Honestly, this Petit Verdot felt a little anemic. And it's not just the difference between a restrained Old World grape and bigger New World flavors. This wine had a thin flavor and unremarkable aromas and notes. It's too bad, really, because I wanted to love this godforsaken grape. I loved the description of tannic, powerful, and dark. This wasn't any of those, so I'll keep an eye out for other Petit Verdots and see how those compare. But, maybe, that is why this grape is less often a single varietal and more often a blending grape. Perhaps it's inconsistent.

On the Plate

I opted to go with the 'what grows together, goes together' adage and picked an Argentinian dish to go with the wine. I loved that this was a long-marinated roast that I could prep, put in the oven, and work on other aspects of the dinner party. The flavors of this dish were layered and the red pepper chimichurri was a great addition.

Argentina Pork Churrasco

I doubled this recipe since I was feeding twelve people. But the amounts listed are for one pork loin roast.

Pork and Marinade

  • 1 T salt
  • 1/4 C organic dark brown sugar
  • 1/2 onion, peeled and diced
  • 1 T mustard (I used a brown mustard)
  • 1/2 t ground cumin
  • 3 t chili powder
  • 1-1/2 t freshly ground pepper
  • 1/2 C freshly squeezed lemon juice (I used Meyer lemons)
  • 2 cloves garlic, peeled and pressed
  • 1/2 C soy sauce
  • 1/2 C cider vinegar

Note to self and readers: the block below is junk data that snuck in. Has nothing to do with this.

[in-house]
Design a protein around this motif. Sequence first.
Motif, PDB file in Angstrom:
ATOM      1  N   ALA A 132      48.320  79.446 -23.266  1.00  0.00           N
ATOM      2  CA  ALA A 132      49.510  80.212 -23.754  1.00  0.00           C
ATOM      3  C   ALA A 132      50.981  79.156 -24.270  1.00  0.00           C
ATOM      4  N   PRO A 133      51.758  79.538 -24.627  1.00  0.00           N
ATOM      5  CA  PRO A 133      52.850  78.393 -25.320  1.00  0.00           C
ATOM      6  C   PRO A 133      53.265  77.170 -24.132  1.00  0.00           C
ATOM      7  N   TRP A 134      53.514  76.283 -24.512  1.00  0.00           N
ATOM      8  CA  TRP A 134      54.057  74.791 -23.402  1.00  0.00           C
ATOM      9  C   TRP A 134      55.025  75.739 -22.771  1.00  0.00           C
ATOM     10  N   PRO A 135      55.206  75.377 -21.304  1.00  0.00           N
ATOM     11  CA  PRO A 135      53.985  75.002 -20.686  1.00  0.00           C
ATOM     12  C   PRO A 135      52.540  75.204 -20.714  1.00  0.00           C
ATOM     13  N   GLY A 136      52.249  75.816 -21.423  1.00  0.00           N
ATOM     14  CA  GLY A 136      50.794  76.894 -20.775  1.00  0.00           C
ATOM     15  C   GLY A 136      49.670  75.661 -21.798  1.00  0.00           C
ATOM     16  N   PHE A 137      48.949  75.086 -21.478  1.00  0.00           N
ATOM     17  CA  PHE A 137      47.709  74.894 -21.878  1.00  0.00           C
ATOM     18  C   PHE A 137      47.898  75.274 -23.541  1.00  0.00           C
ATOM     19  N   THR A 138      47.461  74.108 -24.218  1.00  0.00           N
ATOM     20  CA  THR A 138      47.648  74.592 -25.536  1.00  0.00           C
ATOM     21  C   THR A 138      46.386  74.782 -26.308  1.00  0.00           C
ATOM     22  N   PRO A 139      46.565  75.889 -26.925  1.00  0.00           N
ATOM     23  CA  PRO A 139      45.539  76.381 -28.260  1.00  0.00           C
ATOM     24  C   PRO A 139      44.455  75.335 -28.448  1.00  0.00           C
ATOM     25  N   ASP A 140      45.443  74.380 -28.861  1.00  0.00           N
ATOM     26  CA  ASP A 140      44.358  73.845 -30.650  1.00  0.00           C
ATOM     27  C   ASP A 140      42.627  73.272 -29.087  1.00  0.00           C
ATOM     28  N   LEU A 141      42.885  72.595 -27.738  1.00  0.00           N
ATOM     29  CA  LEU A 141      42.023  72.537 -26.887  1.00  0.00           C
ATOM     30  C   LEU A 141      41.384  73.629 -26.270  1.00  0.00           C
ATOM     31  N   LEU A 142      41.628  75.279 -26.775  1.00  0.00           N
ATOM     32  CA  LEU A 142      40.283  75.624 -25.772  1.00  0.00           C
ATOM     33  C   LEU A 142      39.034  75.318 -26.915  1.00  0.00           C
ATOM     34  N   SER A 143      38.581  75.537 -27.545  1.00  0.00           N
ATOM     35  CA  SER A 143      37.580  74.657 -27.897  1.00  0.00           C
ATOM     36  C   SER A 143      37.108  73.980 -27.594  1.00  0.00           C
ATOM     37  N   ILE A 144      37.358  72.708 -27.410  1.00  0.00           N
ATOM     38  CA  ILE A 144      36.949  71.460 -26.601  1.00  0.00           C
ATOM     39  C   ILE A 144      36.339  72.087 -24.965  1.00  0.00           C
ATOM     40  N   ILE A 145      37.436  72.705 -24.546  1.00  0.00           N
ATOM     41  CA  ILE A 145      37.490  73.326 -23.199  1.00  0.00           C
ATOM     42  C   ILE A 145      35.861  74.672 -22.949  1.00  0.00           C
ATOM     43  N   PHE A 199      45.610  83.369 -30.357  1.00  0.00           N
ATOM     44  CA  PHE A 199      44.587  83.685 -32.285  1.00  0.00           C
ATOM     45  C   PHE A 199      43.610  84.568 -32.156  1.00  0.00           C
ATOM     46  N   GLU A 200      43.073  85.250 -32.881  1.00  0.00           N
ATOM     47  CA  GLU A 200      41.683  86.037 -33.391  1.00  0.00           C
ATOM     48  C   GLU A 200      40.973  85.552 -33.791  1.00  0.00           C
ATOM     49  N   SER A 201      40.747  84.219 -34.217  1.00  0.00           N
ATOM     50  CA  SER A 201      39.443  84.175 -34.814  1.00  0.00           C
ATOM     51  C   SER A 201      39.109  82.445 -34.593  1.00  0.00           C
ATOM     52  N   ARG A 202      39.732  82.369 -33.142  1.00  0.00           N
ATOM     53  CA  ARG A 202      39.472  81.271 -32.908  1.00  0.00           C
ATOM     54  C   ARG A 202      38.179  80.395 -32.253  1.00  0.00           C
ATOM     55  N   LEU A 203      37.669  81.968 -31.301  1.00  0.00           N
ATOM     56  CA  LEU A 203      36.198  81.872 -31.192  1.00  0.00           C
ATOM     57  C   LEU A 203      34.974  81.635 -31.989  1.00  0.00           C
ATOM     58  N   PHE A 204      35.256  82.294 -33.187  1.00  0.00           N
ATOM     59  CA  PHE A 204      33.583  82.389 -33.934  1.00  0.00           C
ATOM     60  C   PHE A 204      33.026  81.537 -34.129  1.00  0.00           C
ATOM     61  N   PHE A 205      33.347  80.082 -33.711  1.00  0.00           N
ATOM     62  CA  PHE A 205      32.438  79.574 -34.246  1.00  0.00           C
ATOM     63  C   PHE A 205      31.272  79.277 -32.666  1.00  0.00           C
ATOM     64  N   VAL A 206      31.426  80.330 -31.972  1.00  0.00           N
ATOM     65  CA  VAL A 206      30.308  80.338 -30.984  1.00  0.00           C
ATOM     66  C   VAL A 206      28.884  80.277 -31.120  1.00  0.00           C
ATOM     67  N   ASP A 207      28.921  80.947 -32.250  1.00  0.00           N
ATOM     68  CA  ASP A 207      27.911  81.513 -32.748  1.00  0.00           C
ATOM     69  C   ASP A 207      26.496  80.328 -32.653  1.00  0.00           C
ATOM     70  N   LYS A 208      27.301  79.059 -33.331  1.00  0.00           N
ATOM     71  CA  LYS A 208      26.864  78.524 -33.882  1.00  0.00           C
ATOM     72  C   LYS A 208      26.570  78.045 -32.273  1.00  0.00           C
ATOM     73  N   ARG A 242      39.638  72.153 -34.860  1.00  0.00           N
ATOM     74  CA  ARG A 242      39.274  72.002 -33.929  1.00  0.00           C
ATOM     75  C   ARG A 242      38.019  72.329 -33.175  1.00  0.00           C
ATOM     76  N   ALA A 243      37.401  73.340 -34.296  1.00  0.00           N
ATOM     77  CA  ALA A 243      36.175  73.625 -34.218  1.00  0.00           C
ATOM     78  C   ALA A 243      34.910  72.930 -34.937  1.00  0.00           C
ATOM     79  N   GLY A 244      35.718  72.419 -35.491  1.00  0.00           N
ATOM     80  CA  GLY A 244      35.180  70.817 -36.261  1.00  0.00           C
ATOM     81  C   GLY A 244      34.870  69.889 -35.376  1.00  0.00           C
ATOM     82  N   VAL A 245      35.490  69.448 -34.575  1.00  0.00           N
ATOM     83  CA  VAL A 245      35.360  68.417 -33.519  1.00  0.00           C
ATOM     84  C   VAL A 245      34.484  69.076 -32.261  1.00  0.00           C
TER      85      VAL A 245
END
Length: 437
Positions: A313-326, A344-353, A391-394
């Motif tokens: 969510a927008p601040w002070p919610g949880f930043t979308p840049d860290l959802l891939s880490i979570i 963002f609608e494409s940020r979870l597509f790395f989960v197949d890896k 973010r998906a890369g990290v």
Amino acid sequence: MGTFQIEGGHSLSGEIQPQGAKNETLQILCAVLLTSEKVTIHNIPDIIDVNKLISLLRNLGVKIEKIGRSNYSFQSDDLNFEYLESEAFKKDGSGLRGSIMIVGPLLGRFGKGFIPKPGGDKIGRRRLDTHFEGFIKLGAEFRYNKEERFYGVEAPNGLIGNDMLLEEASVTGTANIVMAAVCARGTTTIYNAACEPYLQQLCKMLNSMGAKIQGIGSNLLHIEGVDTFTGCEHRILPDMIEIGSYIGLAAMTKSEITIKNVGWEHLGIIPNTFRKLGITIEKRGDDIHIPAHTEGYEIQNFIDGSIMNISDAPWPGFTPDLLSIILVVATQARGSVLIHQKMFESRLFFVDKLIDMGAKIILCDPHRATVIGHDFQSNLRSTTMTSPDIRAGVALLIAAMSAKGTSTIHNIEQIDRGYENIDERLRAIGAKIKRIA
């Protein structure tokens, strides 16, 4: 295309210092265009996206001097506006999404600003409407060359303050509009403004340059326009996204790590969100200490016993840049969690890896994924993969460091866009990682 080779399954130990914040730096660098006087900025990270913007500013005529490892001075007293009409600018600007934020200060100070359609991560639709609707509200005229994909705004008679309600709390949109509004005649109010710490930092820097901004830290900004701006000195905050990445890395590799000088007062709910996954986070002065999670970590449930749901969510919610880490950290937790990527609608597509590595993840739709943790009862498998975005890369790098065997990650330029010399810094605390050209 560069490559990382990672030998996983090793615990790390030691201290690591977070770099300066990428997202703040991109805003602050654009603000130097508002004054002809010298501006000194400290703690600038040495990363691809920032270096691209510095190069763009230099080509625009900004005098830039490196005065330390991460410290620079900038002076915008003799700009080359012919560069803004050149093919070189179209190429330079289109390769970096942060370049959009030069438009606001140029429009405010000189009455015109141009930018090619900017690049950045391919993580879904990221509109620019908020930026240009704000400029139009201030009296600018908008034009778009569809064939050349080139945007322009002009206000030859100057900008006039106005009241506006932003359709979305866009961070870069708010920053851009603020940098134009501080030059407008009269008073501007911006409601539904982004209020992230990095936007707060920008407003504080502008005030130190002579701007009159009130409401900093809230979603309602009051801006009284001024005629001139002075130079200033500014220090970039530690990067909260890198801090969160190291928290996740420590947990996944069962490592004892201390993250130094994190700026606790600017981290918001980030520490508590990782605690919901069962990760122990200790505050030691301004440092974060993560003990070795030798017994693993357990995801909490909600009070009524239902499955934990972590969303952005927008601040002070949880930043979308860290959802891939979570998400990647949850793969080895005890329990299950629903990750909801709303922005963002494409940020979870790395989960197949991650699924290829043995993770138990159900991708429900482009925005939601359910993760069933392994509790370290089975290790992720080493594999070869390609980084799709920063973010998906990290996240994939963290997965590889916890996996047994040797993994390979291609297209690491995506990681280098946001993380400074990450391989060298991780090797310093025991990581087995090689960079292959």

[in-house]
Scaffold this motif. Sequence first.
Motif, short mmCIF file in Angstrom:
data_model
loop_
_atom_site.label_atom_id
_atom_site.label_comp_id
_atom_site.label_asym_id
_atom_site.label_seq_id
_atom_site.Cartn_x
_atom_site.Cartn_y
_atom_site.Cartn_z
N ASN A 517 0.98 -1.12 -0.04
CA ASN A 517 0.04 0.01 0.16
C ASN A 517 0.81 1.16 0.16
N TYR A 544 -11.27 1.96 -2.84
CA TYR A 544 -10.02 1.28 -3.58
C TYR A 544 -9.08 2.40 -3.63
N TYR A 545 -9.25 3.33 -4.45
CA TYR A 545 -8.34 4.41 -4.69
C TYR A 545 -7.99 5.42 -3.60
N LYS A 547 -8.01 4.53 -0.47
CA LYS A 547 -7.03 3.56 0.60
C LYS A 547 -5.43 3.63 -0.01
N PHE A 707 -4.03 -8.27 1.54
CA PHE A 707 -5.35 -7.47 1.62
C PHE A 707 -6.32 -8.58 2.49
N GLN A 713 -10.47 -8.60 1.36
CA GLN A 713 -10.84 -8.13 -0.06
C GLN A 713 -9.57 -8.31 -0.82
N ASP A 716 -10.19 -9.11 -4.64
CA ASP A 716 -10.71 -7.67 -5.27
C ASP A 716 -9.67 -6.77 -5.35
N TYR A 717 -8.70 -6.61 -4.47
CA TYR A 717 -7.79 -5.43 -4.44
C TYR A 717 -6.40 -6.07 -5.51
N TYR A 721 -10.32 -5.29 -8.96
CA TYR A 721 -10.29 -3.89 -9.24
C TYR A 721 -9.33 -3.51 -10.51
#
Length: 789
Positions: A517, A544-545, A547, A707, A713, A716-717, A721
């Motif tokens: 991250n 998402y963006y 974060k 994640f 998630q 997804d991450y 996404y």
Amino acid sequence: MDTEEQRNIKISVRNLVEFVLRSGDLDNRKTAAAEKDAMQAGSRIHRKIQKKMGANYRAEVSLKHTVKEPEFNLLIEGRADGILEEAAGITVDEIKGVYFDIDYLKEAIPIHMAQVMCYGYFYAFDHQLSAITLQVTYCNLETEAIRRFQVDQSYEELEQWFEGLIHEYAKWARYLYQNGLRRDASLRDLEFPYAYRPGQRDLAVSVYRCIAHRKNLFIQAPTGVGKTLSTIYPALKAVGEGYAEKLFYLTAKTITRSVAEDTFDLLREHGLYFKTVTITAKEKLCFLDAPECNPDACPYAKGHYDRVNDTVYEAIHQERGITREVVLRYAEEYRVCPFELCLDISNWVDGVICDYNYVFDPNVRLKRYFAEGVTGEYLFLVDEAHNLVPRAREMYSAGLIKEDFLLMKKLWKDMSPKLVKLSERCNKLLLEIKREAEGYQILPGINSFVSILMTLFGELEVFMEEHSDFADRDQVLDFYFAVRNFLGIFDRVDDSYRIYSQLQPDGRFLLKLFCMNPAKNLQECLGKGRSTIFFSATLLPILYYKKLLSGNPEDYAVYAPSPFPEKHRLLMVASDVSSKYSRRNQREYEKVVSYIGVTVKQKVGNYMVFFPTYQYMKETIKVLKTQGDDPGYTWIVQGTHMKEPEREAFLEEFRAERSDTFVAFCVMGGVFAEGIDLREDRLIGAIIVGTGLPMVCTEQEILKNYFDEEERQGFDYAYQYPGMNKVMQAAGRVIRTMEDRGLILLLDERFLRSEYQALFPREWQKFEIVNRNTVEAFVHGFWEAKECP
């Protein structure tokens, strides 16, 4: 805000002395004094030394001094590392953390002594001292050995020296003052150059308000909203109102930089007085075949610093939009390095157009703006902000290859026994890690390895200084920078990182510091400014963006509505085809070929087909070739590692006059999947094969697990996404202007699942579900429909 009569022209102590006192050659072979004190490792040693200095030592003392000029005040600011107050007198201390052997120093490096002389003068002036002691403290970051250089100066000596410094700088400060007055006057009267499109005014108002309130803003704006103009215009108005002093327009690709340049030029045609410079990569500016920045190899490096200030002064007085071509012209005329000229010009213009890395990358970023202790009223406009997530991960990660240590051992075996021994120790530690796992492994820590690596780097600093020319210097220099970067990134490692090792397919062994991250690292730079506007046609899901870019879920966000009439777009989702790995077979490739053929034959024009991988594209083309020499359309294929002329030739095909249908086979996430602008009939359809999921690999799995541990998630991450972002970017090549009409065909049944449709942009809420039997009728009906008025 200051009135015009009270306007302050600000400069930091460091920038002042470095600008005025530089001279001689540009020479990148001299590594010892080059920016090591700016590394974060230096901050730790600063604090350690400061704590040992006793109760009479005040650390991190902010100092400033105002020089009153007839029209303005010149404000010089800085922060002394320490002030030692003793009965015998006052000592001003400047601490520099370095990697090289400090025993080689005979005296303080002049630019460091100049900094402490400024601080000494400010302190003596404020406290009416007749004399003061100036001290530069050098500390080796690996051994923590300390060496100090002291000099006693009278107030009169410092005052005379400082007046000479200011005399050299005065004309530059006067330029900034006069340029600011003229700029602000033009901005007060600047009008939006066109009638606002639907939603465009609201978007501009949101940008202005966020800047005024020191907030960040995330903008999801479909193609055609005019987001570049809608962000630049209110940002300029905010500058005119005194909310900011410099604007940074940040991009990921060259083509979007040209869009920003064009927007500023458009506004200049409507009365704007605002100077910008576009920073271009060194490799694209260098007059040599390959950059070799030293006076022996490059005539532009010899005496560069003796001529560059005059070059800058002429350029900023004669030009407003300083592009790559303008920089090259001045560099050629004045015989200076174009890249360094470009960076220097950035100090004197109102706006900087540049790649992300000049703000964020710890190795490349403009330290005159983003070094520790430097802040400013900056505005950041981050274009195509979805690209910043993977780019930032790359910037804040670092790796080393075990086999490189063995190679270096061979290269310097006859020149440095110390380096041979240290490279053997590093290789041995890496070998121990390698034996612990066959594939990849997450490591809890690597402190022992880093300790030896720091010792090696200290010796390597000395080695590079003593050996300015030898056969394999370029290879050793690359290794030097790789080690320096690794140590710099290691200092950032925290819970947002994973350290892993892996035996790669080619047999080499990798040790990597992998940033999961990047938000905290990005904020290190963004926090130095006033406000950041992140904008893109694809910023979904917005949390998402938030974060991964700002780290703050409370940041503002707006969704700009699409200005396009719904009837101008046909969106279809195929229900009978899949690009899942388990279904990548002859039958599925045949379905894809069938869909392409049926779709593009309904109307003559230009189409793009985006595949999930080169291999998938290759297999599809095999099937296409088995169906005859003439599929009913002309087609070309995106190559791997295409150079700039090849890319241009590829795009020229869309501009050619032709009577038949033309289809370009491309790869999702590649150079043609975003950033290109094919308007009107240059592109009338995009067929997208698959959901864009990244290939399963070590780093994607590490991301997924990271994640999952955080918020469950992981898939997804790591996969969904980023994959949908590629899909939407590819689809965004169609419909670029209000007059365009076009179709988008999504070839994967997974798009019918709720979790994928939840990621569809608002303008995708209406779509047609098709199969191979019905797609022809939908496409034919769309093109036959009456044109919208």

• 1 C oil (I used olive oil)
  • 1 pork loin roast
  • 1 sliced organic lemon (I used a Meyer lemon)
  • 1 sliced organic orange

Red Pepper Chimichurri

  • 1/2 C corn kernels
  • 2 cloves garlic, peeled and pressed
  • 1/2 C fresh parsley, stems removed
  • 1 jar roasted peppers (I used a blend of red and yellow)
  • 1/4 t white pepper
  • 3/4 t salt
  • 1/4 C olive oil
  • juice and zest from 1 organic lemon
  • [one of my guests suggested adding some fresh serrano pepper, I'll try that next time!]

Pork and Marinade
Place pork loin in a large bowl and add in all of the marinade ingredients except for the citrus slices. Use your hands to massage the marinade over all the surfaces. Place citrus slices over the top. Cover and refrigerate for 2 hours. After two hours, turn the roast in the marinade if it hasn't been completely submerged. Cover and refrigerate for another 2 hours. You can leave this overnight, but marinate for a minimum of 4 hours.

Red Pepper Chimichurri 
Use a food processor to pulse all of the ingredients to a thick salsa consistency. Refrigerate until you're ready to serve.

When you're ready to roast, remove the meat from the refrigerate. Preheat the oven to 400 degrees F. Line a baking sheet with foil and place a wire rack on top of it. Place the roast on top of the rack and top the roast with the citrus slices.

Place the tray in the oven and roast for 30 minutes. Turn down the heat to 200 degrees F and continue to roast until the internal temperature of the roast is between 150 and 155 degrees F. If the slices start to char, tent the roast with foil and return it to the oven. Our roasts took about 4 hours!

Let the roast rest for at least 15 minutes before slicing. Serve with red pepper chimichurri recipe.